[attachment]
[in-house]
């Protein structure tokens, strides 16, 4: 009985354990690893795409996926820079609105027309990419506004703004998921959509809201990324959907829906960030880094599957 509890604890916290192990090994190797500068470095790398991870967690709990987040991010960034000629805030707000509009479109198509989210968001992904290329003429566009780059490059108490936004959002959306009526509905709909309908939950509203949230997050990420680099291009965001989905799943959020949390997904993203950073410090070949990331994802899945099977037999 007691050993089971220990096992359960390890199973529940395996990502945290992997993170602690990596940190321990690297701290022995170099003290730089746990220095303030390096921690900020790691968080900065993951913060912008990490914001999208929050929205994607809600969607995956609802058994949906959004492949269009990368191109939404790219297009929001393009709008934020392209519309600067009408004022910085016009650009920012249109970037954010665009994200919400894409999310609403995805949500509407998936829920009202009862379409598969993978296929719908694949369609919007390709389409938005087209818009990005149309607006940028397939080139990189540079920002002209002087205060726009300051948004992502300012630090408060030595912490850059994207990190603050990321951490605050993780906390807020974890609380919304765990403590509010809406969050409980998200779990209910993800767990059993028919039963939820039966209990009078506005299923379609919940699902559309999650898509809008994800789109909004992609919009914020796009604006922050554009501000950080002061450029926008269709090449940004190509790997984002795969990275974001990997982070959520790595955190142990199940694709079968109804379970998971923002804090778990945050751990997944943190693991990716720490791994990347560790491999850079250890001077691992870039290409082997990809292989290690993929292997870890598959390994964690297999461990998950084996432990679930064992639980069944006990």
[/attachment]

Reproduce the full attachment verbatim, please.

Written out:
[in-house]
């Protein structure tokens, strides 16, 4: 009985354990690893795409996926820079609105027309990419506004703004998921959509809201990324959907829906960030880094599957 509890604890916290192990090994190797500068470095790398991870967690709990987040991010960034000629805030707000509009479109198509989210968001992904290329003429566009780059490059108490936004959002959306009526509905709909309908939950509203949230997050990420680099291009965001989905799943959020949390997904993203950073410090070949990331994802899945099977037999 007691050993089971220990096992359960390890199973529940395996990502945290992997993170602690990596940190321990690297701290022995170099003290730089746990220095303030390096921690900020790691968080900065993951913060912008990490914001999208929050929205994607809600969607995956609802058994949906959004492949269009990368191109939404790219297009929001393009709008934020392209519309600067009408004022910085016009650009920012249109970037954010665009994200919400894409999310609403995805949500509407998936829920009202009862379409598969993978296929719908694949369609919007390709389409938005087209818009990005149309607006940028397939080139990189540079920002002209002087205060726009300051948004992502300012630090408060030595912490850059994207990190603050990321951490605050993780906390807020974890609380919304765990403590509010809406969050409980998200779990209910993800767990059993028919039963939820039966209990009078506005299923379609919940699902559309999650898509809008994800789109909004992609919009914020796009604006922050554009501000950080002061450029926008269709090449940004190509790997984002795969990275974001990997982070959520790595955190142990199940694709079968109804379970998971923002804090778990945050751990997944943190693991990716720490791994990347560790491999850079250890001077691992870039290409082997990809292989290690993929292997870890598959390994964690297999461990998950084996432990679930064992639980069944006990």